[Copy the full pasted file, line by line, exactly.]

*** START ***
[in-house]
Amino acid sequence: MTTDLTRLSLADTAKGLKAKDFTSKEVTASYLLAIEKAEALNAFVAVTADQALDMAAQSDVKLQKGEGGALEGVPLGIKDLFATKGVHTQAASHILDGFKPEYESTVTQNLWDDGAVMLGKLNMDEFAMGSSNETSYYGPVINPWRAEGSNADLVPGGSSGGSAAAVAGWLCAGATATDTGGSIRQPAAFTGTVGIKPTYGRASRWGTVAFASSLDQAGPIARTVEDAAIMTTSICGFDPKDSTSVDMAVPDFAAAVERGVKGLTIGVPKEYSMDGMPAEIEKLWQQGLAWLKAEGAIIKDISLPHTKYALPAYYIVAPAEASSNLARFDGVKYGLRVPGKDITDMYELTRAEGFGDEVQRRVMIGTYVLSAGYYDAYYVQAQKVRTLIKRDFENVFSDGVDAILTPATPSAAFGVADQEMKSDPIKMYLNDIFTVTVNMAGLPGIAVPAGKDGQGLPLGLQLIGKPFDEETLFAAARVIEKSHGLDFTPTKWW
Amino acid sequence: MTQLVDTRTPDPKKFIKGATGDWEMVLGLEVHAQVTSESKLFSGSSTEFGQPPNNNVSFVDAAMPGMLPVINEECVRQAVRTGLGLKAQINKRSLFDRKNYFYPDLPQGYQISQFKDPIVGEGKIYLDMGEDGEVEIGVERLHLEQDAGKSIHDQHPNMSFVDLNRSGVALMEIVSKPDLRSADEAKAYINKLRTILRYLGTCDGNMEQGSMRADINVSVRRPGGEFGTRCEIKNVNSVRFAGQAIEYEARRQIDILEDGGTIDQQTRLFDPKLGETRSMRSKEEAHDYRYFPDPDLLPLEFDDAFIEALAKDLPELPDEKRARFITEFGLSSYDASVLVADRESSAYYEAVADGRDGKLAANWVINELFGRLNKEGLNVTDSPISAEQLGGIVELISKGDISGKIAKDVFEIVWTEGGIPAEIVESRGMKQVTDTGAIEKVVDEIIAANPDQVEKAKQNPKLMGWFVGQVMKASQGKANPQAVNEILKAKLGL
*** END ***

[in-house]
Amino acid sequence: MTTDLTRLSLADTAKGLKAKDFTSKEVTASYLLAIEKAEALNAFVAVTADQALDMAAQSDVKLQKGEGGALEGVPLGIKDLFATKGVHTQAASHILDGFKPEYESTVTQNLWDDGAVMLGKLNMDEFAMGSSNETSYYGPVINPWRAEGSNADLVPGGSSGGSAAAVAGWLCAGATATDTGGSIRQPAAFTGTVGIKPTYGRASRWGTVAFASSLDQAGPIARTVEDAAIMTTSICGFDPKDSTSVDMAVPDFAAAVERGVKGLTIGVPKEYSMDGMPAEIEKLWQQGLAWLKAEGAIIKDISLPHTKYALPAYYIVAPAEASSNLARFDGVKYGLRVPGKDITDMYELTRAEGFGDEVQRRVMIGTYVLSAGYYDAYYVQAQKVRTLIKRDFENVFSDGVDAILTPATPSAAFGVADQEMKSDPIKMYLNDIFTVTVNMAGLPGIAVPAGKDGQGLPLGLQLIGKPFDEETLFAAARVIEKSHGLDFTPTKWW
Amino acid sequence: MTQLVDTRTPDPKKFIKGATGDWEMVLGLEVHAQVTSESKLFSGSSTEFGQPPNNNVSFVDAAMPGMLPVINEECVRQAVRTGLGLKAQINKRSLFDRKNYFYPDLPQGYQISQFKDPIVGEGKIYLDMGEDGEVEIGVERLHLEQDAGKSIHDQHPNMSFVDLNRSGVALMEIVSKPDLRSADEAKAYINKLRTILRYLGTCDGNMEQGSMRADINVSVRRPGGEFGTRCEIKNVNSVRFAGQAIEYEARRQIDILEDGGTIDQQTRLFDPKLGETRSMRSKEEAHDYRYFPDPDLLPLEFDDAFIEALAKDLPELPDEKRARFITEFGLSSYDASVLVADRESSAYYEAVADGRDGKLAANWVINELFGRLNKEGLNVTDSPISAEQLGGIVELISKGDISGKIAKDVFEIVWTEGGIPAEIVESRGMKQVTDTGAIEKVVDEIIAANPDQVEKAKQNPKLMGWFVGQVMKASQGKANPQAVNEILKAKLGL